Many Americans are worried about the state of the U.S. economy and
their own financial future, but President George Bush says the
financial crisis will ease.
The president tried to reassure Americans during his weekly radio address today (Saturday), calling a 700 billion-dollar plan to rescue the troubled financial industry "the right choice."
Mr. Bush signed the historic bailout bill into law Friday, but he
warned that not all of the legislation's measures will have an
The bill allows the government to buy failing investments from troubled
financial companies in an effort to restore lender and investor
confidence, and to restart economic growth.
But while President Bush praised lawmakers for working on the bailout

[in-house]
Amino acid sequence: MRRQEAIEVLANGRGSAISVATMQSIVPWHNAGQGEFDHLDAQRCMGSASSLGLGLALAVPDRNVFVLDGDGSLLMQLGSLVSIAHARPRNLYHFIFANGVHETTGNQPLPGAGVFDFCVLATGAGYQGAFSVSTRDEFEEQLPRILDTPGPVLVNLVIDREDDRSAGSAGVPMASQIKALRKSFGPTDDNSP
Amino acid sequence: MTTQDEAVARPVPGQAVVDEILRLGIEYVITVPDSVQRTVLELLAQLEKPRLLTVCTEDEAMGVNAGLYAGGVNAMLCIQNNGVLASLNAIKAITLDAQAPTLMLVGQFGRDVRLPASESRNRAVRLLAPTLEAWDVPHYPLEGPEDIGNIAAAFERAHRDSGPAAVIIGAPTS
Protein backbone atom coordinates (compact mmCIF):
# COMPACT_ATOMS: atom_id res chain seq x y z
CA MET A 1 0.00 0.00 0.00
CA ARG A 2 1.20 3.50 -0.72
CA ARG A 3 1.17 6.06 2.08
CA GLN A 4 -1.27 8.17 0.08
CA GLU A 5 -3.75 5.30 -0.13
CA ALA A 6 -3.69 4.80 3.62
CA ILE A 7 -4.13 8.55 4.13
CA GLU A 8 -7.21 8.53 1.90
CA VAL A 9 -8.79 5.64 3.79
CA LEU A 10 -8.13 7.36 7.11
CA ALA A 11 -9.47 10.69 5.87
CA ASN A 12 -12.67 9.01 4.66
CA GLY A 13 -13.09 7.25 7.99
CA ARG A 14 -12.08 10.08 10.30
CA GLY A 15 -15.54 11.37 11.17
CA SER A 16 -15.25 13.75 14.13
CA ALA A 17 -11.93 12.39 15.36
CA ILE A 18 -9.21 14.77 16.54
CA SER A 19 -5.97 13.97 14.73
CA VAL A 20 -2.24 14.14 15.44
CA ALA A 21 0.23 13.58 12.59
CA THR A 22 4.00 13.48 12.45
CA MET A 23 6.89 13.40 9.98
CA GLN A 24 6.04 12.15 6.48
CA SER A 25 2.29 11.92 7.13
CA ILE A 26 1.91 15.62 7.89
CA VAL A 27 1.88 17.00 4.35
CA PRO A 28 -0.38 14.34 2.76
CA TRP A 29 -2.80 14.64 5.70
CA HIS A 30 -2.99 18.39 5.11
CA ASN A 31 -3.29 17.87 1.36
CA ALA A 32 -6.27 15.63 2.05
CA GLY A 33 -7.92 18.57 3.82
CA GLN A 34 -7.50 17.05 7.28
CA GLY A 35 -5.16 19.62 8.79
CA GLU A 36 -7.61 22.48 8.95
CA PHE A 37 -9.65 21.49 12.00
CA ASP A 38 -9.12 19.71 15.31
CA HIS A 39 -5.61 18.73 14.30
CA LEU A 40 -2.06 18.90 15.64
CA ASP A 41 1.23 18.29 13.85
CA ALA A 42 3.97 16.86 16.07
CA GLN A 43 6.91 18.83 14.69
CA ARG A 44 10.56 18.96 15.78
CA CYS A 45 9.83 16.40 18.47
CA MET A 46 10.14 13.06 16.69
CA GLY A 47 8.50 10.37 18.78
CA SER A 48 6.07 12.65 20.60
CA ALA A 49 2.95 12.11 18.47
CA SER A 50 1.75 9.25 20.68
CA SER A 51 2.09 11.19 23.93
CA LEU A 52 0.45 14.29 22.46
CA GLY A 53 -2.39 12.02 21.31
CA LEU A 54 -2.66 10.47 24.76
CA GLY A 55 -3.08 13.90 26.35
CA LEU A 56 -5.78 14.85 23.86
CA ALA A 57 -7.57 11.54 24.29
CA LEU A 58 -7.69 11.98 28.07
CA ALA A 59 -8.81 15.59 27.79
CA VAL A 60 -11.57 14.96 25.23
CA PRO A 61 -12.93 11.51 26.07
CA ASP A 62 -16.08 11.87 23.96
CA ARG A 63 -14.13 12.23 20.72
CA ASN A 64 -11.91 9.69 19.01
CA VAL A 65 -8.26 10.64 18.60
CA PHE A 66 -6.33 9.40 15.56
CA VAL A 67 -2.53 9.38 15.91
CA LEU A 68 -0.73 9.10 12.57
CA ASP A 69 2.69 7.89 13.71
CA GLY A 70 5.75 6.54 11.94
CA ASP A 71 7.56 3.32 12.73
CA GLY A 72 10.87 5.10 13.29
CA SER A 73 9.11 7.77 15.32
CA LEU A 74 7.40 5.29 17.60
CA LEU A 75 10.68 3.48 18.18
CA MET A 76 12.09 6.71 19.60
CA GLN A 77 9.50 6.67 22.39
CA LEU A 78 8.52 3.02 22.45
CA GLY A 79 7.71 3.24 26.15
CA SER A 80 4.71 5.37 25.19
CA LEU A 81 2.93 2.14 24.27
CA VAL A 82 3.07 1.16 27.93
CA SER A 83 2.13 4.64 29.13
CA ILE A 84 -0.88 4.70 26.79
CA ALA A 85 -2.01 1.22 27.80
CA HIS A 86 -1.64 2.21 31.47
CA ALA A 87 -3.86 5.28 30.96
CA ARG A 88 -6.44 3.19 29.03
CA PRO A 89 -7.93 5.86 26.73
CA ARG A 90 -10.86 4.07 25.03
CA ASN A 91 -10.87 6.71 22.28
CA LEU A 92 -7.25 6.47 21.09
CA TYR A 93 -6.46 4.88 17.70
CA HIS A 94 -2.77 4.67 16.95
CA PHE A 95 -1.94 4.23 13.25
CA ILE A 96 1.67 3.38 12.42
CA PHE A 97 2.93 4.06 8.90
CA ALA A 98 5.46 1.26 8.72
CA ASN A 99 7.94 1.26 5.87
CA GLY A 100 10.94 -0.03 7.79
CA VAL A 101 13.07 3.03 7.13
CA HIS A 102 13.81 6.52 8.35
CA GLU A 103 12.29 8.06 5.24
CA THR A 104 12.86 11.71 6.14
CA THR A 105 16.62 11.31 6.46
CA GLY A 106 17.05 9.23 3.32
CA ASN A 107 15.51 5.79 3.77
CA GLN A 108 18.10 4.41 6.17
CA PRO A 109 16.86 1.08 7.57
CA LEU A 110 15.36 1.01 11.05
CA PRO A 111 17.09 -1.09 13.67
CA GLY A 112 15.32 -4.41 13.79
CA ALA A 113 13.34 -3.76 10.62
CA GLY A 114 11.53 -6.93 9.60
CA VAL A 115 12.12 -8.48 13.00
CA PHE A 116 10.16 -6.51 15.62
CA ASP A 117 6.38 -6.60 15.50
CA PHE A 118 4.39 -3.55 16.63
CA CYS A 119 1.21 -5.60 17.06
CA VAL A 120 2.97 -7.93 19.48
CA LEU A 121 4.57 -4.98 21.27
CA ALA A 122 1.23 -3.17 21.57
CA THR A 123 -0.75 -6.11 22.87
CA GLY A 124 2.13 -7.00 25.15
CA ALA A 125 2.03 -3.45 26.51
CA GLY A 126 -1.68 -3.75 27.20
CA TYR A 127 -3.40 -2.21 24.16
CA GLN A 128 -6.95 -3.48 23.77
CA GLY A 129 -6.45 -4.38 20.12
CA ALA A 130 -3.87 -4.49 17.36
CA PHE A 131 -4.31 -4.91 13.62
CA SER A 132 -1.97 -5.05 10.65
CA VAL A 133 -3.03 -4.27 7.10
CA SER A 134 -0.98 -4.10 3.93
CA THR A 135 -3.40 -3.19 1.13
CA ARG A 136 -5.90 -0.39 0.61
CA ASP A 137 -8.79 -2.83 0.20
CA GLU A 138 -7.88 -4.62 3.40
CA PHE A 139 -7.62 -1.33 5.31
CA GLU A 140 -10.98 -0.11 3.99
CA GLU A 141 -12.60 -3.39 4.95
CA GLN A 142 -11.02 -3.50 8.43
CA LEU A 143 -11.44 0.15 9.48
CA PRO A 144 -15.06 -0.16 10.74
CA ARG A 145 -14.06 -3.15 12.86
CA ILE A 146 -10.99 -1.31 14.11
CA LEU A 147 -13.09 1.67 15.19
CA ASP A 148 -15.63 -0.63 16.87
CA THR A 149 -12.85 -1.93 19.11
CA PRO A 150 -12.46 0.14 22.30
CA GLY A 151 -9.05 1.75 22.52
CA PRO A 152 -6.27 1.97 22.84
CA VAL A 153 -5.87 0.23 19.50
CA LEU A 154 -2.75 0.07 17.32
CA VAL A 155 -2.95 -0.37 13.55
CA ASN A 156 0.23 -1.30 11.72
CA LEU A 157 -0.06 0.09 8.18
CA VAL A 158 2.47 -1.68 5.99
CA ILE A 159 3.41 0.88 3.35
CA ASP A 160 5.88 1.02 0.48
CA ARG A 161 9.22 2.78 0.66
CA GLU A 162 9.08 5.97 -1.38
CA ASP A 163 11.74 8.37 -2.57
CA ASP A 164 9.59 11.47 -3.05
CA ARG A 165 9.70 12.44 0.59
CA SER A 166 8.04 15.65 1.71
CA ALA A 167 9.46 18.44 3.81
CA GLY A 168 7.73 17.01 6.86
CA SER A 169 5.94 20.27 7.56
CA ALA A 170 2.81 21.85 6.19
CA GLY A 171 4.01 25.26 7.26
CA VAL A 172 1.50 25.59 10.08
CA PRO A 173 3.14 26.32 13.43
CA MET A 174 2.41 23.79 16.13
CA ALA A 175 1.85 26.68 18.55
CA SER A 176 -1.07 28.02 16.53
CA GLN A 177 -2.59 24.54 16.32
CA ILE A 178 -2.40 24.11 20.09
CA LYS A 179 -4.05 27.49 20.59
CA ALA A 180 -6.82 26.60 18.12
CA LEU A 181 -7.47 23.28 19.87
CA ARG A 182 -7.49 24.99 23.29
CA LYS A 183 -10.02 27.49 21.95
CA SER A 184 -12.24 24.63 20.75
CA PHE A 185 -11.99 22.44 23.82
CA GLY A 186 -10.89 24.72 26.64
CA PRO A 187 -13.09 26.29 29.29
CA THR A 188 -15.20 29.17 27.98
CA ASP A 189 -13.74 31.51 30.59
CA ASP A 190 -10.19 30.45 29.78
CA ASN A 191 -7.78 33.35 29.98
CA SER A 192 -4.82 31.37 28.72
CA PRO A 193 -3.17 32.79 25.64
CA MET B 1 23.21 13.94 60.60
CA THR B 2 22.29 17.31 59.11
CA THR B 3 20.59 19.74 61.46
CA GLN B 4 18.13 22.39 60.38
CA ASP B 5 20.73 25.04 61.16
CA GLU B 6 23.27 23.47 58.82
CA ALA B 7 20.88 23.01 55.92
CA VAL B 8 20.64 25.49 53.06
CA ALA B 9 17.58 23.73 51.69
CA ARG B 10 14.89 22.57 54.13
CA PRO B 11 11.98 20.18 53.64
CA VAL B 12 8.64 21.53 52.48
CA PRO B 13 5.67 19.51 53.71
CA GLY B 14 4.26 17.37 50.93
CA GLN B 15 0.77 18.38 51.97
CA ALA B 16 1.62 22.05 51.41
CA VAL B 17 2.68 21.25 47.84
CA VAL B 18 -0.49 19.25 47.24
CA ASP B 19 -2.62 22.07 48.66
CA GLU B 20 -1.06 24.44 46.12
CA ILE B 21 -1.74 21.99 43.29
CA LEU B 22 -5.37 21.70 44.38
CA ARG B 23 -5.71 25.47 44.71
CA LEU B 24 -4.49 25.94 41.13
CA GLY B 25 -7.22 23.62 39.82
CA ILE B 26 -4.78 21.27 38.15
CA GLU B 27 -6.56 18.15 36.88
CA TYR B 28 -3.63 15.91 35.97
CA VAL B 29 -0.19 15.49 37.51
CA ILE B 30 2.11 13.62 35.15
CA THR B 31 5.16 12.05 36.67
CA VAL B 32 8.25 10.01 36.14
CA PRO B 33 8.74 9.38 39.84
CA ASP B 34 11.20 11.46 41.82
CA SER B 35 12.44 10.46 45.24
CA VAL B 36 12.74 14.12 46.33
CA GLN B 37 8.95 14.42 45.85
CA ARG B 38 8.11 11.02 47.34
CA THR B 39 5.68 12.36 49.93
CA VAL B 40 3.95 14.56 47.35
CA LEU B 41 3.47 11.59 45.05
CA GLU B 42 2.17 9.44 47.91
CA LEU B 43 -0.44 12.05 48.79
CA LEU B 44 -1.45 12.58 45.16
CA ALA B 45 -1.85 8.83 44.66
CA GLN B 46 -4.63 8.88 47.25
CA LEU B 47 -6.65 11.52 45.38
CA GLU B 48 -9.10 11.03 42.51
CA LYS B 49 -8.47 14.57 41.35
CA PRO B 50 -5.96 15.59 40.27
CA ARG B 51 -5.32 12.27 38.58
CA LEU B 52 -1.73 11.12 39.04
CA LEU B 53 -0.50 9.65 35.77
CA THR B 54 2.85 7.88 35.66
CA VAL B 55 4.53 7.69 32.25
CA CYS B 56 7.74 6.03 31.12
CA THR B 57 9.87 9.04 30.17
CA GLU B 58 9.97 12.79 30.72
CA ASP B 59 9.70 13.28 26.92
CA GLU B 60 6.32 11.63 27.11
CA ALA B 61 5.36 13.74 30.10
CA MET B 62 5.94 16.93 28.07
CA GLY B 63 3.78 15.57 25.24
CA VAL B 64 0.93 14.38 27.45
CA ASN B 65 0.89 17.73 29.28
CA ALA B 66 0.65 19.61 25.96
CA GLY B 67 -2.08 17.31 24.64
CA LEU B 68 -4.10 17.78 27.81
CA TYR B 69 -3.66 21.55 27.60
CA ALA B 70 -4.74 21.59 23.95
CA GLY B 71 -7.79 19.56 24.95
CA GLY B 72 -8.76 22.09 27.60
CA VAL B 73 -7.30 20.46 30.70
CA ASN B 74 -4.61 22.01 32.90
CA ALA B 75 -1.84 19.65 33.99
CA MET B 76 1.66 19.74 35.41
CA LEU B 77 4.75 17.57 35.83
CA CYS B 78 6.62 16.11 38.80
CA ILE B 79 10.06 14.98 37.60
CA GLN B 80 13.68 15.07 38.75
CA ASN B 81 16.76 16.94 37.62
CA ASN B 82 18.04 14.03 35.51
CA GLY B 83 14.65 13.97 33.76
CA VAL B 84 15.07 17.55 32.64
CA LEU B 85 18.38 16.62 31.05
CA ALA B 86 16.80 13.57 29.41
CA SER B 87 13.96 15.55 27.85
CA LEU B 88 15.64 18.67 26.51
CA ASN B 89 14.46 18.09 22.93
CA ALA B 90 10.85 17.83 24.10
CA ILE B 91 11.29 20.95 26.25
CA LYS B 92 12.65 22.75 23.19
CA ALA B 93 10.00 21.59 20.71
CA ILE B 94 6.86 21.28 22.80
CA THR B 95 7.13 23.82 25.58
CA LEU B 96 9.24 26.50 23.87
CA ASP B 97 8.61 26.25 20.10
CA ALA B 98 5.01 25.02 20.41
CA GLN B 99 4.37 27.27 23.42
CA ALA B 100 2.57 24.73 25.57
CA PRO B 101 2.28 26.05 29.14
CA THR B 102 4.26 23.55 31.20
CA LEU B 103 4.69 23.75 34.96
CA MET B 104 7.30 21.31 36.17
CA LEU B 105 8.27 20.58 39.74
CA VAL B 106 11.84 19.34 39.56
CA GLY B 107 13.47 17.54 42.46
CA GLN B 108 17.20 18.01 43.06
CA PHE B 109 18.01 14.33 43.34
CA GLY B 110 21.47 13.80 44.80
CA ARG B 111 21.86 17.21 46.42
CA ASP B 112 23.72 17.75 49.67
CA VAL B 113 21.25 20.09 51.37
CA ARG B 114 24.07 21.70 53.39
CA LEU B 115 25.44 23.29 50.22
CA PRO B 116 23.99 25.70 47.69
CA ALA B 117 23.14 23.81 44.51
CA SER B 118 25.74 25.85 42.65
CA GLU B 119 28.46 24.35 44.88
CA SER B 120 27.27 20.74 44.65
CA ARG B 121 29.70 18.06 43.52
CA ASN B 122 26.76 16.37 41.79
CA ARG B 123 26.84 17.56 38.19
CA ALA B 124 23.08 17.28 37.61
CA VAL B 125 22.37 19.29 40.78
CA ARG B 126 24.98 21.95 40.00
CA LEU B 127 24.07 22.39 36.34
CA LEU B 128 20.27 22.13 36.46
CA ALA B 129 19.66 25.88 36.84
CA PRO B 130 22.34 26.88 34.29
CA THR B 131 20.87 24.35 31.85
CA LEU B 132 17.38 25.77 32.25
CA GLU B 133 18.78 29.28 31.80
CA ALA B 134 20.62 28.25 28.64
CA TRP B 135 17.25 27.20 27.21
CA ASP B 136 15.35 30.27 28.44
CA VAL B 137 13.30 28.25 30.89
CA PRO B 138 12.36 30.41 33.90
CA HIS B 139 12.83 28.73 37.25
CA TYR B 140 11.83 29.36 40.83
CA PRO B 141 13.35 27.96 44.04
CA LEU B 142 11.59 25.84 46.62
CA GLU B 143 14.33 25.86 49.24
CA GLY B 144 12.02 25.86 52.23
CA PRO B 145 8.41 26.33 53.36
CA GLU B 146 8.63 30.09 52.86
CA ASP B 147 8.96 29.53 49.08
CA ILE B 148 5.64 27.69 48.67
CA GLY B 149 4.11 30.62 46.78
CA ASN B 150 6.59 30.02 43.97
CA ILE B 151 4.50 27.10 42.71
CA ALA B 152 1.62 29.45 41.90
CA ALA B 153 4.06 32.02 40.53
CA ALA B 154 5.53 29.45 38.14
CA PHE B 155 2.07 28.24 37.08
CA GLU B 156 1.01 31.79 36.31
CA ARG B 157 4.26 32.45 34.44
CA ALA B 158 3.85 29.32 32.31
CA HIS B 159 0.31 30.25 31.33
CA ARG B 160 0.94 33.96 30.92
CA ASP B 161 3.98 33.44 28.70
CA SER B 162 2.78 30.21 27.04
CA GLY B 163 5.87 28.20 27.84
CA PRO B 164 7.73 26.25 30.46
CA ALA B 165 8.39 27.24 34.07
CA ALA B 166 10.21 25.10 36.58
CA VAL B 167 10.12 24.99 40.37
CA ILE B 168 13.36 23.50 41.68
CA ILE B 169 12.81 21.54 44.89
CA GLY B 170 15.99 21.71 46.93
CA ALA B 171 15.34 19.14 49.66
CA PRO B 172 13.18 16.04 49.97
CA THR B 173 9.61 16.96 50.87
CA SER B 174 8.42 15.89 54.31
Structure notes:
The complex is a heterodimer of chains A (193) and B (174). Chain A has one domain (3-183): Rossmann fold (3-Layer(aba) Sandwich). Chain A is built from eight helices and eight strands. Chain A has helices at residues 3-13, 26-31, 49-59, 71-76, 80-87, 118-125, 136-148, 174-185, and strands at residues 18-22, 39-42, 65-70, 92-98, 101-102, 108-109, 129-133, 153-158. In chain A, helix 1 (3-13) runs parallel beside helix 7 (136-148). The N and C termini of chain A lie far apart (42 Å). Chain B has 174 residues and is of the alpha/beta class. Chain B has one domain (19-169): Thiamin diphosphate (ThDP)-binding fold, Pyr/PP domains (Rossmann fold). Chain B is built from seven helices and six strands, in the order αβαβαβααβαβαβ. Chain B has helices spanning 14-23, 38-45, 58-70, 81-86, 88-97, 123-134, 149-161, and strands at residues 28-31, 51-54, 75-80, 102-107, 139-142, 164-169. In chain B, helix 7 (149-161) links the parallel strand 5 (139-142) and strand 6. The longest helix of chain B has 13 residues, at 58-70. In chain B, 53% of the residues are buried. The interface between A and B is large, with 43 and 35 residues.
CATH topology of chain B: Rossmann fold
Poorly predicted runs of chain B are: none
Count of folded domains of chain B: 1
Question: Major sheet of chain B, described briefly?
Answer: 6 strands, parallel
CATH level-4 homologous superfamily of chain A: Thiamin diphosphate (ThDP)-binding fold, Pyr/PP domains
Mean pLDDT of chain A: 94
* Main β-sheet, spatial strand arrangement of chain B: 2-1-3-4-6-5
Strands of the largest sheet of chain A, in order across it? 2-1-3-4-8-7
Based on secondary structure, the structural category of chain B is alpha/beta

bill in bipartisan fashion, the Democrats used their weekly radio
address (given by Ohio Governor Ted Strickland) today to criticize the economic policies of Republican presidential nominee John McCain.
Treasury Secretary Henry Paulson said this week he will get right to
work hiring experts needed to manage the program. It is likely to take
at least a month before Wall Street firms receive any of the money.
A previous version of the bill was voted down in the House of
Representatives because of objections about the cost, and the concept
of using taxpayer money to rescue companies that made bad investments.
But the House approved the plan Friday after the Senate made some changes to the bill.
House Speaker Nancy Pelosi (a Democrat) promised to hold a congressional hearing to investigate parts of the financial industry.
President Bush says it is likely that the government and taxpayers will
be able to recoup most of the cost of the bailout eventually.